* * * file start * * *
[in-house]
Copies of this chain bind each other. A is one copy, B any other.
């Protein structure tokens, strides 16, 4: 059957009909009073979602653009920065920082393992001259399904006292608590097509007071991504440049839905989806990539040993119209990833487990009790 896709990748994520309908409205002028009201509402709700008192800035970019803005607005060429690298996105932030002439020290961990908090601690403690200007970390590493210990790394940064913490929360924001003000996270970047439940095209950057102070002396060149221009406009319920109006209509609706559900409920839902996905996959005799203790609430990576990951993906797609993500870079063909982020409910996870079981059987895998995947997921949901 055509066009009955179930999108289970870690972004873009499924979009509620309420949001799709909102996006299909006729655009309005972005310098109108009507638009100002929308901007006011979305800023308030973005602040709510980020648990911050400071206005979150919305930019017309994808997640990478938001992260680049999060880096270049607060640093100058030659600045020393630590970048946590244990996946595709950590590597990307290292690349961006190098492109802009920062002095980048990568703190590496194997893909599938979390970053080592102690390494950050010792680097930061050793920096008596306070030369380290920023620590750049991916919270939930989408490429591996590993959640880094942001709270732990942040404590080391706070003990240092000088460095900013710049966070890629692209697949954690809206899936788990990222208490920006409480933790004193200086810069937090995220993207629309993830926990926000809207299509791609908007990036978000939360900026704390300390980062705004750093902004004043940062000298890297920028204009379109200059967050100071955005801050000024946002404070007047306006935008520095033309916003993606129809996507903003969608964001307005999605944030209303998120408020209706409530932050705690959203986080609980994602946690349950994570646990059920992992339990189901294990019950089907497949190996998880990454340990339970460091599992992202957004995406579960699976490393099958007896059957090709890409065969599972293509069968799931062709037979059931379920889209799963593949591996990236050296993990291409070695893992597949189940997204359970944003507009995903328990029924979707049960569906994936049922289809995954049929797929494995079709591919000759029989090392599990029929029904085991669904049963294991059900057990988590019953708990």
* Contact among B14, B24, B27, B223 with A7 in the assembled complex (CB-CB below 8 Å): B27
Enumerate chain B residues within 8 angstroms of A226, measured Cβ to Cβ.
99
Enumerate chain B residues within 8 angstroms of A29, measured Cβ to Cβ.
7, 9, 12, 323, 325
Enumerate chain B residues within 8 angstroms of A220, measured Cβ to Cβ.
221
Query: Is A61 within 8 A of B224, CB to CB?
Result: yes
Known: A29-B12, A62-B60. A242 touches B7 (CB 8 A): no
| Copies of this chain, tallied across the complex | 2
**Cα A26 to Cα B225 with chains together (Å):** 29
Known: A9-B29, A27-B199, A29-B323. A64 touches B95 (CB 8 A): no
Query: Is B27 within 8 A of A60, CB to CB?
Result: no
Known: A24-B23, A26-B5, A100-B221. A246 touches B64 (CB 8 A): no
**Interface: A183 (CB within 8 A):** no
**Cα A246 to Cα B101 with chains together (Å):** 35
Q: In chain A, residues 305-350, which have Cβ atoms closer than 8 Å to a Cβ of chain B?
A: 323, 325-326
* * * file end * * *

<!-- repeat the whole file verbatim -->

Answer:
[in-house]
Copies of this chain bind each other. A is one copy, B any other.
């Protein structure tokens, strides 16, 4: 059957009909009073979602653009920065920082393992001259399904006292608590097509007071991504440049839905989806990539040993119209990833487990009790 896709990748994520309908409205002028009201509402709700008192800035970019803005607005060429690298996105932030002439020290961990908090601690403690200007970390590493210990790394940064913490929360924001003000996270970047439940095209950057102070002396060149221009406009319920109006209509609706559900409920839902996905996959005799203790609430990576990951993906797609993500870079063909982020409910996870079981059987895998995947997921949901 055509066009009955179930999108289970870690972004873009499924979009509620309420949001799709909102996006299909006729655009309005972005310098109108009507638009100002929308901007006011979305800023308030973005602040709510980020648990911050400071206005979150919305930019017309994808997640990478938001992260680049999060880096270049607060640093100058030659600045020393630590970048946590244990996946595709950590590597990307290292690349961006190098492109802009920062002095980048990568703190590496194997893909599938979390970053080592102690390494950050010792680097930061050793920096008596306070030369380290920023620590750049991916919270939930989408490429591996590993959640880094942001709270732990942040404590080391706070003990240092000088460095900013710049966070890629692209697949954690809206899936788990990222208490920006409480933790004193200086810069937090995220993207629309993830926990926000809207299509791609908007990036978000939360900026704390300390980062705004750093902004004043940062000298890297920028204009379109200059967050100071955005801050000024946002404070007047306006935008520095033309916003993606129809996507903003969608964001307005999605944030209303998120408020209706409530932050705690959203986080609980994602946690349950994570646990059920992992339990189901294990019950089907497949190996998880990454340990339970460091599992992202957004995406579960699976490393099958007896059957090709890409065969599972293509069968799931062709037979059931379920889209799963593949591996990236050296993990291409070695893992597949189940997204359970944003507009995903328990029924979707049960569906994936049922289809995954049929797929494995079709591919000759029989090392599990029929029904085991669904049963294991059900057990988590019953708990």
* Contact among B14, B24, B27, B223 with A7 in the assembled complex (CB-CB below 8 Å): B27
Enumerate chain B residues within 8 angstroms of A226, measured Cβ to Cβ.
99
Enumerate chain B residues within 8 angstroms of A29, measured Cβ to Cβ.
7, 9, 12, 323, 325
Enumerate chain B residues within 8 angstroms of A220, measured Cβ to Cβ.
221
Query: Is A61 within 8 A of B224, CB to CB?
Result: yes
Known: A29-B12, A62-B60. A242 touches B7 (CB 8 A): no
| Copies of this chain, tallied across the complex | 2
**Cα A26 to Cα B225 with chains together (Å):** 29
Known: A9-B29, A27-B199, A29-B323. A64 touches B95 (CB 8 A): no
Query: Is B27 within 8 A of A60, CB to CB?
Result: no
Known: A24-B23, A26-B5, A100-B221. A246 touches B64 (CB 8 A): no
**Interface: A183 (CB within 8 A):** no
**Cα A246 to Cα B101 with chains together (Å):** 35
Q: In chain A, residues 305-350, which have Cβ atoms closer than 8 Å to a Cβ of chain B?
A: 323, 325-326